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Esalata's picture

Esalata

Fighter: Soft Tissue Sarcoma

60 Year Old Female

Stafford, VA

Get and/or give support


2017

Soft Tissue Sarcoma

Stage: IV

2016

Soft Tissue Sarcoma

Stage: IV

2014

Soft Tissue Sarcoma

Stage: IV

2013

Soft Tissue Sarcoma

Stage: IV

2011

Soft Tissue Sarcoma

Stage: IV

2003

Soft Tissue Sarcoma

Stage: IV


Esalata's picture

Esalata

Fighter: Soft Tissue Sarcoma

60 Year Old Female

Stafford, VA

Get and/or give support


2017

Soft Tissue Sarcoma

Stage: IV

2016

Soft Tissue Sarcoma

Stage: IV

2014

Soft Tissue Sarcoma

Stage: IV

2013

Soft Tissue Sarcoma

Stage: IV

2011

Soft Tissue Sarcoma

Stage: IV

2003

Soft Tissue Sarcoma

Stage: IV


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I am a Fighter

Hi! I'm bat shit crazy and proud of all of my scars. Loved being bald. Great Segway on educating people.

I was originally diagnosed with round cell sarcoma. Basically I have what looked like an extra large pineapple attached to my left hamstring. Lost the hamstring,... [Read More]


Treatment Information 

Stage of Treatment

Living with cancer as a chronic illness

Treatment Types:

N/A

Hospital:

N/A

Side Effect:

Insomnia


Discussions (1)


IHC Blog Posts (1)



Neulasta on Pro - What they don't tell you

April 5th, 2017

Well, I have been through several more bouts of cancer than some, less than others. Right now I am dealing with number six.

First person in my area to get the rushed antibody chemo treatment. And guess what? I got to have Neulasta on Pro. OK, I don't have to stick myself? I don't have to come back, good, let's do it.

Well, they forgot to tell me that as long as it is functioning properly, there is a green light that flashes. So the first time I had it on my arm, I wake up in the middle of the night. I notices this green light that seemed to come from under the bedroom door. The dogs aren't barking, but automatically I go on high alert.

I walk away from the bedroom door, over to my little display table, watching the door, the light moved away. OK, I just know someone is in my house. Damn dogs, why aren't they going nuts?

I get my little gun out, then go dig out the clip from another hiding spot, and go to the third. Ok, I am armed, and I am not letting anyone mess with my home.

I swing open the door, and tell the girls go get 'em. Well these two happy go lucky dogs, just walk out the door wagging their tails. STILL no barking. The body language is relaxed. Me I notice the slight green light flashing. So I very carefully and slowly move toward the kitchen, found no one, check the den, no one, look at the reflection in the fireplace glass and I see a green light flashing on my arm. So I let the dogs out to go potty, put everything back where it belongs and go to bed feeling like an idiot. The nurses got one heck of a good laugh from that when I told them the next time I saw them.

Fast forward two cycles. It is Friday, and I show up to work with my Neulasta on Pro. It was pouring that morning. I get in the office, turn off the alarm, and all of a sudden I hear what sounds like a fire alarm or CO2 alarm.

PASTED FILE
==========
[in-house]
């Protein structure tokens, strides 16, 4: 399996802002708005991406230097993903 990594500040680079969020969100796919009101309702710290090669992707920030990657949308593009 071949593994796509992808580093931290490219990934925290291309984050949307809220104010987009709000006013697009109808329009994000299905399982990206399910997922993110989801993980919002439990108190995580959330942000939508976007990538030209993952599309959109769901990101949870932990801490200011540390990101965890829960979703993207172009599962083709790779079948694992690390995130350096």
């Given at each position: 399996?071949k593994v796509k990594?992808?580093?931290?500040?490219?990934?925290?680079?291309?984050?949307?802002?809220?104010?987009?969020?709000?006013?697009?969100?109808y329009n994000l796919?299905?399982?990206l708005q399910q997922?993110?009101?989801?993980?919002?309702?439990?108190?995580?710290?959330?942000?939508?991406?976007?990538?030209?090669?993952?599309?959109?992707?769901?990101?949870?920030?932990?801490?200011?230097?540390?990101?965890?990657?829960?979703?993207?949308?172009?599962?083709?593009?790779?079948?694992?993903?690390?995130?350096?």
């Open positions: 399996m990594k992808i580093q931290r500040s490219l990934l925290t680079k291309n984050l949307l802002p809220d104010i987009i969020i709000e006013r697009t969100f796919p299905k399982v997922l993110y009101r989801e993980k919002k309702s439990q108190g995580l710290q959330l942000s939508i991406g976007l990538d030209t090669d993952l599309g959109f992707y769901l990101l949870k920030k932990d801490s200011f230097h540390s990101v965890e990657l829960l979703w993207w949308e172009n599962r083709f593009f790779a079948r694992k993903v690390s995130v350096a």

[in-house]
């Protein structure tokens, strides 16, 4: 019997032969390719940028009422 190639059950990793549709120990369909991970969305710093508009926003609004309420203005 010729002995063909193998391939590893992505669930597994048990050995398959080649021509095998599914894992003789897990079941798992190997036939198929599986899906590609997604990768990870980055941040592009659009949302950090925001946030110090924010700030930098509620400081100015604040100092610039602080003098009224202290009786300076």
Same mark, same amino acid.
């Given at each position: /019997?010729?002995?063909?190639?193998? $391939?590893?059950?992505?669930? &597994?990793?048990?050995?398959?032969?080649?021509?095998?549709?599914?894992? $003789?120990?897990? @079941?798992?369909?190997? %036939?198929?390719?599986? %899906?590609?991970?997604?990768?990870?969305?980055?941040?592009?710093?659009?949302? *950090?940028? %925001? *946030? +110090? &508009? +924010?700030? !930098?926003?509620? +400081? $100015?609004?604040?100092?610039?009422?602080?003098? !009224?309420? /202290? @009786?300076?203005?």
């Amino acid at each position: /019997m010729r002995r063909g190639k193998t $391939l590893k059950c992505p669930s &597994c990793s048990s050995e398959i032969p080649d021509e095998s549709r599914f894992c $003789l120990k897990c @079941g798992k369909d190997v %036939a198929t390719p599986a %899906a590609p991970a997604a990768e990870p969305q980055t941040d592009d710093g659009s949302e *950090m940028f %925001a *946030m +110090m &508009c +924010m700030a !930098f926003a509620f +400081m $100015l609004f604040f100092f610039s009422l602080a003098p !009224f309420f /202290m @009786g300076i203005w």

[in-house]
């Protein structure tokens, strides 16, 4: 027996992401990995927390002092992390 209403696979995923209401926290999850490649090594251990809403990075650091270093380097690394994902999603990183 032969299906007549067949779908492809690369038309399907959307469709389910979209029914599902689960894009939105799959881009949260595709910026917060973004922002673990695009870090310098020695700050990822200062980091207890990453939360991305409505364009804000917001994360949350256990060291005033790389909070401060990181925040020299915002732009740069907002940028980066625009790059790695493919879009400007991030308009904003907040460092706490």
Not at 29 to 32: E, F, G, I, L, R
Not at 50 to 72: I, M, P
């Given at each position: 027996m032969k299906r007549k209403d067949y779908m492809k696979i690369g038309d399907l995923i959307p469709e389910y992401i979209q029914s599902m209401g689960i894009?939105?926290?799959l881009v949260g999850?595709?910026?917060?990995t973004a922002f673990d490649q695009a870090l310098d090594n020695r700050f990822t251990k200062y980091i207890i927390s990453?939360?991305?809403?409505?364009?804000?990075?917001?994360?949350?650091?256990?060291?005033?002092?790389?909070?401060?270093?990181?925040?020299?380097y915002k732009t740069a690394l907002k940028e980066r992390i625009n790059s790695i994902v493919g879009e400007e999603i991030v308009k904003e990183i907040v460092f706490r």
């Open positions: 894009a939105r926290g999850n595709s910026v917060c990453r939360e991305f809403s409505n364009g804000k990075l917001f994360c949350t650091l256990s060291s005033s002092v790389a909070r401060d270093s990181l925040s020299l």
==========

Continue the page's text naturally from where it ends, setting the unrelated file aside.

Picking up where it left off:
I walk through our little office building (a whole 600 to 700 square feet) We have a heat pump which is electric, so no CO2. I can't smell anything burning. Everytime I walk to one area, the sound bounced around and it sounded like it was coming from under the little building.

Talked to the owner, and he said check the sewage pump that pumps the sewage up the hill to the sewer system, it may have shut off. So out into the rain, the alarm light was not flashing on the pump. I even tripped the shut off, no still hear that alarm. The crawl space was open so I stick my head in, still hearing the alarm, but nothing under there. I close it and latch it.

After searching, I give up, and start my daily routine. One of the guys I work with came in and he did the same thing I did. Well, every time he came closer to me, it was louder. Again, I notice a reflection, the Neulasta light was flashing red, and I pulled it off. The damn alarm was the Nuelasta. Yep, they forgot to tell me about it.

Again, I was the nurses laugh for the day. One of them asked me - "Didn't you read the insert?" Why would I? I already know the side effects, and it wasn't my first time getting Neulasta. Which made them laugh all the harder.

To be honest, I laughed about both too. I don't mind that those stories are making other patients laugh, and the nurses too. I don't mind that anytime I tell the story, people laugh.

Laughter is great medicine. When you laugh, but even better when you make others laugh.

Comment (1)


My favorite Picture from 2011

December 4th, 2014

When the hair started falling out, I asked the Marines I work with to shave my head.  I deal with bald much better than handsful of hair.

Not only did my head get shaved, but they shaved theirs to show their love and support.  So did some of the civillians too.

Love these folks.  Well, if you want to see them, you'll have to follow the link since I can't seem to get it to post here. 

https://www.facebook.com/photo.php?fbid=908991489110964&set=pb.100000003650402.-2207520000.1417734706.&type=3&theater

Comment (0)


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